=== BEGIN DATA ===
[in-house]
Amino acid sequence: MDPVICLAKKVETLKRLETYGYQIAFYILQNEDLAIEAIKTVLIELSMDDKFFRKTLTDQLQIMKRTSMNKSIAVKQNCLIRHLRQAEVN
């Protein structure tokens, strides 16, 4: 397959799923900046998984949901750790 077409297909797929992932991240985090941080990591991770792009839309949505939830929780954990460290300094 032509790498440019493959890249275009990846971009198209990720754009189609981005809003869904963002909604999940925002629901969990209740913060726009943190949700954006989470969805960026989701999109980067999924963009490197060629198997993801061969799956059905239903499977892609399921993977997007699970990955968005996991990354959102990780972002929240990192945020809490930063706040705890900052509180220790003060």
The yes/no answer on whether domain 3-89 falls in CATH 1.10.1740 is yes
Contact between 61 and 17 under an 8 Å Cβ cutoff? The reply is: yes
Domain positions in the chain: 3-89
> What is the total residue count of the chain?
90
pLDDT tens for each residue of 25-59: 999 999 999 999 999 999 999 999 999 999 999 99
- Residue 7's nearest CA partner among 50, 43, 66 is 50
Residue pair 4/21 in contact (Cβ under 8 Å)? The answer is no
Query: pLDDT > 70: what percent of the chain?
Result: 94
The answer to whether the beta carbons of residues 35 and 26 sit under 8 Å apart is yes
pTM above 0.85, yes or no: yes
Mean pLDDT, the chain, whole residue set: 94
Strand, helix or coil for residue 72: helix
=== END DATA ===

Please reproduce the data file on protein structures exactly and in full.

[in-house]
Amino acid sequence: MDPVICLAKKVETLKRLETYGYQIAFYILQNEDLAIEAIKTVLIELSMDDKFFRKTLTDQLQIMKRTSMNKSIAVKQNCLIRHLRQAEVN
């Protein structure tokens, strides 16, 4: 397959799923900046998984949901750790 077409297909797929992932991240985090941080990591991770792009839309949505939830929780954990460290300094 032509790498440019493959890249275009990846971009198209990720754009189609981005809003869904963002909604999940925002629901969990209740913060726009943190949700954006989470969805960026989701999109980067999924963009490197060629198997993801061969799956059905239903499977892609399921993977997007699970990955968005996991990354959102990780972002929240990192945020809490930063706040705890900052509180220790003060």
The yes/no answer on whether domain 3-89 falls in CATH 1.10.1740 is yes
Contact between 61 and 17 under an 8 Å Cβ cutoff? The reply is: yes
Domain positions in the chain: 3-89
> What is the total residue count of the chain?
90
pLDDT tens for each residue of 25-59: 999 999 999 999 999 999 999 999 999 999 999 99
- Residue 7's nearest CA partner among 50, 43, 66 is 50
Residue pair 4/21 in contact (Cβ under 8 Å)? The answer is no
Query: pLDDT > 70: what percent of the chain?
Result: 94
The answer to whether the beta carbons of residues 35 and 26 sit under 8 Å apart is yes
pTM above 0.85, yes or no: yes
Mean pLDDT, the chain, whole residue set: 94
Strand, helix or coil for residue 72: helix